“Creep” is a low-budget horror film directed by Patrick Brice, who also wrote the story with Mark Duplass, one brother of the duo Jay and Mark Duplass (“Jeff, Who Lives At Home,” 2011).
While “Jeff, Who Lives At Home” was a funny film that used well-known actors like Susan Sarandon, Jason Segel and Ed Helms and seemed to have a budget of some substance, “Creep” most resembled “The Blair Witch Project” in terms of its herky-jerky hand-held camera work and what had to have been a spectacularly low budget.
The film begins with an online offer made to a cash-strapped filmmaker on March 21,2012 to come to a remote cabin for a day’s filming. The pay will be $1,000 for the day. Filmmaker Aaron Franklin (played by co-writer/director Patrick Brice) is also told: “Discretion is appreciated” (whatever that means).
It is telling that the duo of Patrick Brice and Mark Duplass both wrote the story, directed the story and played the two leads. In that respect, it reminded me of “The Editor” from Canada, another schlocky horror film where the director was listed performing nearly every duty from wardrobe to star. A two-person cast, think “The Babadook,” can make a successfully spooky psychological thriller on a low budget, but this isn’t it.
Jay Duplass did not have a big role in Mark Duplass’ project this time out, as he is busy filming television’s new drama “Transparent,” among other projects.
Upon reaching the cabin in the woods (wink, wink, as the write-up says) Aaron meets Josef (portrayed by Director/Writer/Actor Mark Duplass) who seems sincere when he tells Aaron that he is dying of cancer and wants to make a tape for his unborn child, much like Michael Keaton did in the movie “My Life.” However, shortly after explaining that this was why he summoned the filmmaker, Josef suggests that they adjourn to the bathroom, where Duplass’ character (Josef) proceeds to take off his clothes and get in the bathtub for what he terms “a tubby.” The audience tittered— who wouldn’t?
When Aaron seems surprised and tentative, Josef (Duplass) says, “This is a journey into the heart. We’re going to go a lot deeper places than this.”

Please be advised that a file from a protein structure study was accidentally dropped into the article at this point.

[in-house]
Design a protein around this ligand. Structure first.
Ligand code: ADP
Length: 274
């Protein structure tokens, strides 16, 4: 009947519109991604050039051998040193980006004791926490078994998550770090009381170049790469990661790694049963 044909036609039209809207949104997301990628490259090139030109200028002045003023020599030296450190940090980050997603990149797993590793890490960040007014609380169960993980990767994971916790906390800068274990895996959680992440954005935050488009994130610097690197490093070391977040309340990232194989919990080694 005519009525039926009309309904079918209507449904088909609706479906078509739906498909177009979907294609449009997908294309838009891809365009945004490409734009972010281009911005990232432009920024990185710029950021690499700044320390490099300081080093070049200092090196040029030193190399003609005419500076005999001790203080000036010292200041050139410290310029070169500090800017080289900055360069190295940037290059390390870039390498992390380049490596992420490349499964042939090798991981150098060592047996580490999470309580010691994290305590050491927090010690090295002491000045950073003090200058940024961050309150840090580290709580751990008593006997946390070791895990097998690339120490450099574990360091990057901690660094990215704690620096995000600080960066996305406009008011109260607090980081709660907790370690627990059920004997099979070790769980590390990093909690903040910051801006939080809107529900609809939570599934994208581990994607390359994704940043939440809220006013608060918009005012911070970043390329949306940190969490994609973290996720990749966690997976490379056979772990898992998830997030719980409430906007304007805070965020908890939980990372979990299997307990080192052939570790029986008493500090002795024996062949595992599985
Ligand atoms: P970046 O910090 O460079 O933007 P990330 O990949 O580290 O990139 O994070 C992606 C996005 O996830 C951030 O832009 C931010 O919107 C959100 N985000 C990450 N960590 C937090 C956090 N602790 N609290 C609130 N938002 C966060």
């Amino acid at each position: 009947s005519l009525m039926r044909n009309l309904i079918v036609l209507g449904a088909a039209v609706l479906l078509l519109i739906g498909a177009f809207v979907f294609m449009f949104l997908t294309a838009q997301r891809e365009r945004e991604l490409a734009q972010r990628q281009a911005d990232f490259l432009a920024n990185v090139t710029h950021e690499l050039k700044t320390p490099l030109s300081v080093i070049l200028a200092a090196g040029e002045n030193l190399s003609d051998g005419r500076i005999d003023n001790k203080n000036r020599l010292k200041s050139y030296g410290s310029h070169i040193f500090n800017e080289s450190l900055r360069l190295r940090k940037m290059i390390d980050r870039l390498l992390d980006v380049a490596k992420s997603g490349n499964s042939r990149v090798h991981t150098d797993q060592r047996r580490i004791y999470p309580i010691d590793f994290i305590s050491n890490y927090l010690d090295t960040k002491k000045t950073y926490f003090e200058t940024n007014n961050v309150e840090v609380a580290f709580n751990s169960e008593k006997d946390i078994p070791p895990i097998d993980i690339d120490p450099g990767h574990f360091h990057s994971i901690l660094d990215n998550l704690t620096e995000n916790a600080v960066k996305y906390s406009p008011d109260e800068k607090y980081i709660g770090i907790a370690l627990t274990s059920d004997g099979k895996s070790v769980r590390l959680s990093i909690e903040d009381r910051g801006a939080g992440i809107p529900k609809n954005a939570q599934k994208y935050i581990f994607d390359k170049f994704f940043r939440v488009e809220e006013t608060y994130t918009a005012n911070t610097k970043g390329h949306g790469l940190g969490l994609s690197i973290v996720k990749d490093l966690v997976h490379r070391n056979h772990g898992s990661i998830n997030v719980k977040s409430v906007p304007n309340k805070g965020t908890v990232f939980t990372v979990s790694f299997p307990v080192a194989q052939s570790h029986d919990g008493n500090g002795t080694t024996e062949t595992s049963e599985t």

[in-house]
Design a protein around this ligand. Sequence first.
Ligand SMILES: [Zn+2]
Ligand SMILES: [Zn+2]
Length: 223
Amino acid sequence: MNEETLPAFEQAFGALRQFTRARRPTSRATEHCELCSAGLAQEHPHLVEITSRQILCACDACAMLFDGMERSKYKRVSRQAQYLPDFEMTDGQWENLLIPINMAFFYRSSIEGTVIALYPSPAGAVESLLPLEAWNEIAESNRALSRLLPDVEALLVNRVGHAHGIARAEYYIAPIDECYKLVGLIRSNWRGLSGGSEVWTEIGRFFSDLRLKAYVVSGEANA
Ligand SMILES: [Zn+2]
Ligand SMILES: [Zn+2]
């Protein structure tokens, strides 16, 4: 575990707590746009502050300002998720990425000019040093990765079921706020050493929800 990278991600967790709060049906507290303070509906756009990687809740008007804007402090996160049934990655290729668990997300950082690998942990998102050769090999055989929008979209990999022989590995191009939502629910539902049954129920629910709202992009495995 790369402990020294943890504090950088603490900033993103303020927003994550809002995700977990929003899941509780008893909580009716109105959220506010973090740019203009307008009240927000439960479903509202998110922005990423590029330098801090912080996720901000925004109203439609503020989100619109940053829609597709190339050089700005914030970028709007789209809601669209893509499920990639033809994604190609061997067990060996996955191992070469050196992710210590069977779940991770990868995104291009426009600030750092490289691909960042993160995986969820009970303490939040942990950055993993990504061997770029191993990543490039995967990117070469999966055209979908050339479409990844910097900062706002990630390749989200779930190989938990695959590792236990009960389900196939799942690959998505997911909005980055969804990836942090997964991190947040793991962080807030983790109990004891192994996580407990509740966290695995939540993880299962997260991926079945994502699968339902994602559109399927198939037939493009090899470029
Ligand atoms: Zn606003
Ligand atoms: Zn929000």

Well, yes and no.
Besides periodically donning a wolf’s head mask which Josef has dubbed Peach Fuzz and intentionally trying to startle the filmmaker at every turn (“I’ve got a weird sense of humor, man.”) the pronouncements that Josef makes (“Death. It’s coming. There’s nothing that we can do.” “I love wolves. A wolf loves other wolves and, yeah, it occasionally murders things.”) make him seem like a loon, which the audience realizes immediately. Aaron, however, is not as quick a study. The smattering of tittering continued throughout the film; if straight psychological tension like the excellent film “The Babadook” was the goal, the film missed its mark.
After (finally) managing to break free of his client and return home, a series of CDs and messages are sent to Aaron by Josef and Aaron is so alarmed by them that he calls the police, telling them he is being stalked by a man who is “really weird and super creepy.”
The police, of course, are about as effective as usual, which means not at all interested in Aaron’s tale of an unknown harasser (Aaron never bothers to learn Josef’s last name!) who, as it turns out, did not own the cabin in the woods at all, but only rented it.
One line near the end of the film (Josef to Aaron) is: “It just seemed dumb that you would just sit there and not look behind you.”
My opinion? It just seemed dumb, period.